Once you venture into dungeons, you’ll find randomly generated lairs filled with enemies to defeat. While not as interestingly designed as the overworld, these still manage to be compelling to explore, filled with twists and turns, and with treasure and other things to find even when you take a wrong turn. Some are only a single story while others go on until you start to think that this latest one has to be the last floor. Each one ends with a boss fight, which usually comes with waves of other foes. Picking the right form for the job is essential to surviving.

Combat varies wildly from one form to the next, but for the most part, it’s satisfying. Finding the form that works for your situation will be important, and in many scenarios, you’ll even want to switch rapidly between a couple of them. Early on, I spent a lot of time as the guard, fighting up close with my sword. Later I became quite a fan of the magician who could summon his animal helpers and pick and choose his moments to dig into the fight. The horse, and a few other forms eventually drew me to them as well. You’ll want to be careful not to over-rely on one form, though. Switching between them regularly and completing quests with as many as possible is one of the best ways to make the progress you need.

 

Growth Comes From Within

 

Nobody Saves the World

While growing your characters is important, you’ll have to actually improve as a player as well because, after a certain point, the game scales things. Dungeons often show a recommended level, and early on, a few will seem far out of reach. After getting past the recommended level, though, it will start to grow so that things remain at least somewhat a challenge. Upgrading still can help you with new moves, making your existing abilities more powerful, and providing more health, but you’ll have to get better still. It’s not a game you can entirely brute force your way through.

While combat was consistently fun and I loved exploring this world, what kept drawing me back in was its personality. From the charming art style, to solid music, to a story and characters which isn’t always laugh-out-loud funny but which consistently put a smile on my face. Any game that lets me choose between a turtle, a robot, and a monk is off to a great start. Not to mention that I was always excited for my next chance to show up Randy.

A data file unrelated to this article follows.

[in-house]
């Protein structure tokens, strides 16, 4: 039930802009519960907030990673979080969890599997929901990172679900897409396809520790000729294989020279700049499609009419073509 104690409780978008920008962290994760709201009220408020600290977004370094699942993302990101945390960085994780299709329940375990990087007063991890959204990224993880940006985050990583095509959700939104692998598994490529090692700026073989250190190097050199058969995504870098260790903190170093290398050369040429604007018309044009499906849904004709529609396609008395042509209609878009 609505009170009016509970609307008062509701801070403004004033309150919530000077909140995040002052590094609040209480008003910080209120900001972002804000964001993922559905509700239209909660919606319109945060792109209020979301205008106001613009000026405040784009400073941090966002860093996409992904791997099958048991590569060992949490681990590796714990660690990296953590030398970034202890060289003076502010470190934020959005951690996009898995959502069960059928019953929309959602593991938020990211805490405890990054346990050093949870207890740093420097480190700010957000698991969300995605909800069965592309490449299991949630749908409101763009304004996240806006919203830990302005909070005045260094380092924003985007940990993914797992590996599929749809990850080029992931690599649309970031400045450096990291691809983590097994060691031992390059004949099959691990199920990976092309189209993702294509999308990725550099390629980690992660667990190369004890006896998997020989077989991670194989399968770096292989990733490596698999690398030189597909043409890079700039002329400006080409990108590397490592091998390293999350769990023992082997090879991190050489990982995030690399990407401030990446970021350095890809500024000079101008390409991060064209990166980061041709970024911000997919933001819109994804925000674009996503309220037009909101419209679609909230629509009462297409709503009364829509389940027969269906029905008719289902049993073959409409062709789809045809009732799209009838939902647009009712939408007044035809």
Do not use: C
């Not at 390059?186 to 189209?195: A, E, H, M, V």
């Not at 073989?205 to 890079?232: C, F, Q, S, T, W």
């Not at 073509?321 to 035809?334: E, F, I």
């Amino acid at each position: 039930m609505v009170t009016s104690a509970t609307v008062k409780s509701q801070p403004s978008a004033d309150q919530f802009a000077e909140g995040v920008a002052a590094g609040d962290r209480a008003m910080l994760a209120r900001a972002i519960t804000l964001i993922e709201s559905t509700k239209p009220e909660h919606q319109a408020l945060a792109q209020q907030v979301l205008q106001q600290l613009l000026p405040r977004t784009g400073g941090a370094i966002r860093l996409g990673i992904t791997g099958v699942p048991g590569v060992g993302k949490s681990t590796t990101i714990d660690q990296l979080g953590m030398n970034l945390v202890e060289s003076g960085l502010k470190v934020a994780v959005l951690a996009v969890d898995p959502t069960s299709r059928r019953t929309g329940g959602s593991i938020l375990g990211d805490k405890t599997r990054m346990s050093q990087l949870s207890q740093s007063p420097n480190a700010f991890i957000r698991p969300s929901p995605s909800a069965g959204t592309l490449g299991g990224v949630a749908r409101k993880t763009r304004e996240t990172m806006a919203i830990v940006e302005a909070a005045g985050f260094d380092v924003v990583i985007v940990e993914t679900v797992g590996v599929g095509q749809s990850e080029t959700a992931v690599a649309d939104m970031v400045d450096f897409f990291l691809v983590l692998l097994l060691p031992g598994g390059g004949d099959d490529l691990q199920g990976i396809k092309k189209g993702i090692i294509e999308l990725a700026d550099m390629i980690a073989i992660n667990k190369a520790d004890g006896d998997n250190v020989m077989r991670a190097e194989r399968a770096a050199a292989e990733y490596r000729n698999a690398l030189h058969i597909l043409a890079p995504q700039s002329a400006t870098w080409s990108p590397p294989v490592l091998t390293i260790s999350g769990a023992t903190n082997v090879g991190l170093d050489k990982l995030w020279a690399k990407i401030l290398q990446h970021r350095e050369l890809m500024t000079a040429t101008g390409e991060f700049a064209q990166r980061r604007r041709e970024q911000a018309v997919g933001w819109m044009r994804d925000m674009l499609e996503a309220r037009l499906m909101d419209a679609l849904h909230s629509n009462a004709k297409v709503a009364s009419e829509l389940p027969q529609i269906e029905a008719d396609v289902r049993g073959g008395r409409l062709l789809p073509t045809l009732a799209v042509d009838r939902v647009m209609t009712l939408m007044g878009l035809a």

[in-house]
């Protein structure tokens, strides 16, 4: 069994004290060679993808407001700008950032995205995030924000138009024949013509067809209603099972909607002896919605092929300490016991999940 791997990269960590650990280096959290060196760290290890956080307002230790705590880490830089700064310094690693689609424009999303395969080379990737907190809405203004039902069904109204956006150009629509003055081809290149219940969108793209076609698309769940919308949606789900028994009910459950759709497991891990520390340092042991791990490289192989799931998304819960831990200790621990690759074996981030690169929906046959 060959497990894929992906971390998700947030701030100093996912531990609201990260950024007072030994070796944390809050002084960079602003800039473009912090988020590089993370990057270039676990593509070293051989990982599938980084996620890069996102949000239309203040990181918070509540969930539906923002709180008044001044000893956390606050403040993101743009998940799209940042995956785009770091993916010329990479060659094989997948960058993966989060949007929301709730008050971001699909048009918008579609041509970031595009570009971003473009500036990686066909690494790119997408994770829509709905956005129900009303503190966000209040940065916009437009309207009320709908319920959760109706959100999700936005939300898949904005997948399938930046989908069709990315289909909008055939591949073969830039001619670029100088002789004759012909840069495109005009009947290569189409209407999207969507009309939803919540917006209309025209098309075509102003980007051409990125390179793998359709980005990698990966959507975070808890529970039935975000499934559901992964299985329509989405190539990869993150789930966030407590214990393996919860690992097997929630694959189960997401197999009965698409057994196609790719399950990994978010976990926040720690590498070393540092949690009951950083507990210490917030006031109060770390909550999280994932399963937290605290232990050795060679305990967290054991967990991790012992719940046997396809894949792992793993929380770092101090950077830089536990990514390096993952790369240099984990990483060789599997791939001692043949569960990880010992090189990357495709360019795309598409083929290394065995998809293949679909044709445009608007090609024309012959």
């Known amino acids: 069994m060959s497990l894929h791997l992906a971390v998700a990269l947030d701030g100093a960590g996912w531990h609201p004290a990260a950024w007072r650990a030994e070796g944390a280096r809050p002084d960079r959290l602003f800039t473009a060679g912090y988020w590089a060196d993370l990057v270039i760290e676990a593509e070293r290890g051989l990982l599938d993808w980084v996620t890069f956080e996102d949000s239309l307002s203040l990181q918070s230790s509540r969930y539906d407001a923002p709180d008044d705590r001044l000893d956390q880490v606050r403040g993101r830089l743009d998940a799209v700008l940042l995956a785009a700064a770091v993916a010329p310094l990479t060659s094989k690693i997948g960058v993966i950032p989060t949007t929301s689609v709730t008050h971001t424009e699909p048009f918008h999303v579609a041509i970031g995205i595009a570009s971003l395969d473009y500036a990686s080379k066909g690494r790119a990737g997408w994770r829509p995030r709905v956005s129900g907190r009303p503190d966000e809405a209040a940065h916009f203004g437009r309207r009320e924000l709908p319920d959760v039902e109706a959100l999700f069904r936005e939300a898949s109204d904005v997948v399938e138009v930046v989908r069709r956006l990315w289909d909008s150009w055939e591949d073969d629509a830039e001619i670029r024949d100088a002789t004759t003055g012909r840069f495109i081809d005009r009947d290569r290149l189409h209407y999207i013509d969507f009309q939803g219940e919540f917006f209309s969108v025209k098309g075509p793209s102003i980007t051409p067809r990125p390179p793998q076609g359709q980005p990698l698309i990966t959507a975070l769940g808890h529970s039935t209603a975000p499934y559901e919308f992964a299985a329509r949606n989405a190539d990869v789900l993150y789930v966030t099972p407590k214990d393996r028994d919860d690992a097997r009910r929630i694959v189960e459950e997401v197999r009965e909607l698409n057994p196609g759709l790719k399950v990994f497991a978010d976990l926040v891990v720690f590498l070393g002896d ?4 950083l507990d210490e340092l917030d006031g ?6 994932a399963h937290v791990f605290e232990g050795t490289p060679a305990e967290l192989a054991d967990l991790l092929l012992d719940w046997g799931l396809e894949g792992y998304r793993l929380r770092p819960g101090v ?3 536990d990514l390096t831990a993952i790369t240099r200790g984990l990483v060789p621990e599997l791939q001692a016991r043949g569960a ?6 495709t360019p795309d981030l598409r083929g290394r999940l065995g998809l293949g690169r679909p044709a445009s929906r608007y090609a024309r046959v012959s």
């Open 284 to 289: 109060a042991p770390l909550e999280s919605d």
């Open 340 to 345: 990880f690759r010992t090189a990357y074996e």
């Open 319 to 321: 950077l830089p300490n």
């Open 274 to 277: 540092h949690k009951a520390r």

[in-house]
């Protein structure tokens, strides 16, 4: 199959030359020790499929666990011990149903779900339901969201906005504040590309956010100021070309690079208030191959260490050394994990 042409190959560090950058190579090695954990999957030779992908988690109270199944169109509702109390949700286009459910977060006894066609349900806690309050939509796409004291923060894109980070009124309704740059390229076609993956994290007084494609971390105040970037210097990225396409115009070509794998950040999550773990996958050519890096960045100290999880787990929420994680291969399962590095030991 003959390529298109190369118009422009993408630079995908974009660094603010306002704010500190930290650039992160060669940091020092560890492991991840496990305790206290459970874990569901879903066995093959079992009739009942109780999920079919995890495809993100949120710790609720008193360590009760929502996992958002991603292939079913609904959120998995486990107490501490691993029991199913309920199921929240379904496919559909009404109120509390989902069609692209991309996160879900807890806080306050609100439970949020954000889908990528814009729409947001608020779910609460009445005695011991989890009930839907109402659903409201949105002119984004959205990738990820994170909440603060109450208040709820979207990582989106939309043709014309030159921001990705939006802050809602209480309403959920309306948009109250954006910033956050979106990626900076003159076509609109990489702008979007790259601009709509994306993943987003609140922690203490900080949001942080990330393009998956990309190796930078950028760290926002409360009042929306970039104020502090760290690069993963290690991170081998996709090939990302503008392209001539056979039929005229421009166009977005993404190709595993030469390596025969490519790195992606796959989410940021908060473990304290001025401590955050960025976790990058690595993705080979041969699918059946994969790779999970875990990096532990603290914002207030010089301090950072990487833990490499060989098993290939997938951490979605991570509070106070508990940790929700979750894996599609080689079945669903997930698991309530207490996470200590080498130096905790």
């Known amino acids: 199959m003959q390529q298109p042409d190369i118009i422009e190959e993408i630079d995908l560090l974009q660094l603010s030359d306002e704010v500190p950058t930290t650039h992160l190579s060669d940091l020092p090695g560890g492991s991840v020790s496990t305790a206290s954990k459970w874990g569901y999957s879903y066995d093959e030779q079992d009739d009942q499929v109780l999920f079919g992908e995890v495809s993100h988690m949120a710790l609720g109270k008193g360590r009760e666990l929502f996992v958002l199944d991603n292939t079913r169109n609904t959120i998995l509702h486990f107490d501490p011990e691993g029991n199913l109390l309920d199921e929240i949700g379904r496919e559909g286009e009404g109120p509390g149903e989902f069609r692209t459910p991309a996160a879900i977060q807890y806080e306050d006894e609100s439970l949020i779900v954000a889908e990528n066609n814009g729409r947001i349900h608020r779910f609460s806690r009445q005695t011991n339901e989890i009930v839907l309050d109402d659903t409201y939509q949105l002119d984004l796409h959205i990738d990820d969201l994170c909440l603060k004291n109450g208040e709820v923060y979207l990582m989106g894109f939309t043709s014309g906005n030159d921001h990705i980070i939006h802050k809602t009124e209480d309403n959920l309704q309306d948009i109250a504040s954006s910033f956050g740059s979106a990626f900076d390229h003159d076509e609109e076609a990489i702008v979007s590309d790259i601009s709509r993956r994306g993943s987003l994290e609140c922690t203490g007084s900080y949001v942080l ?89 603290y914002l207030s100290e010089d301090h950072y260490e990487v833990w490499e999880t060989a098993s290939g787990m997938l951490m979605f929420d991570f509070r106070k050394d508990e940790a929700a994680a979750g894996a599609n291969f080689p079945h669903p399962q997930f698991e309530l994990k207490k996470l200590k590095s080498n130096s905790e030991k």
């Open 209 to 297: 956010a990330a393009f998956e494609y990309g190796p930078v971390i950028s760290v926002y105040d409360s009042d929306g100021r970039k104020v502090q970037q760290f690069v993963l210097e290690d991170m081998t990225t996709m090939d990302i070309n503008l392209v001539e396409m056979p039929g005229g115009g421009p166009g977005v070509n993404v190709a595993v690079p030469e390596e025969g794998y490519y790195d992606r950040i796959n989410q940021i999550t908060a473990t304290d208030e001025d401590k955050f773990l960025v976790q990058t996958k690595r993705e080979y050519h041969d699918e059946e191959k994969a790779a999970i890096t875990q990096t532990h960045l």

Conclusion

 

It’s rare that we get a game as strong as Nobody Saves the World so early in the year. With excellent combat, a huge overworld to explore, and a ton of personality, I don’t have a lot negative to say about it. Those who enjoy games like Hades and The Binding of Isaac have found their next fix. Even if you’re not generally a big fan of roguelikes, the game’s more linear overworld and forgiving checkpoints offer an inviting path to entry.


Final Verdict: 4.5/5

Available on:  PC (Reviewed), Xbox Series X|S, Xbox One; Publisher:  DrinkBox Studios; Developer: DrinkBox Studios; Players: 2; Released: January 18th, 2022; ESRB: T for Teen; MSRP: $24.99

Full disclosure: This review is based on a copy of Nobody Saves The World provided by the publisher.

Andrew Thornton
Andrew has been writing about video games for nearly twenty years, contributing to publications such as DarkStation, Games Are Fun, and the E-mpire Ltd. network. He enjoys most genres but is always pulled back to classic RPG's, with his favorite games ever including Suikoden II, Panzer Dragoon Saga, and Phantasy Star IV. Don't worry though, he thinks new games are cool too, with more recent favorites like Hades, Rocket League, and Splatoon 2 stealing hundreds of hours of his life. When he isn't playing games he's often watching classic movies, catching a basketball game, or reading the first twenty pages of a book before getting busy and forgetting about it.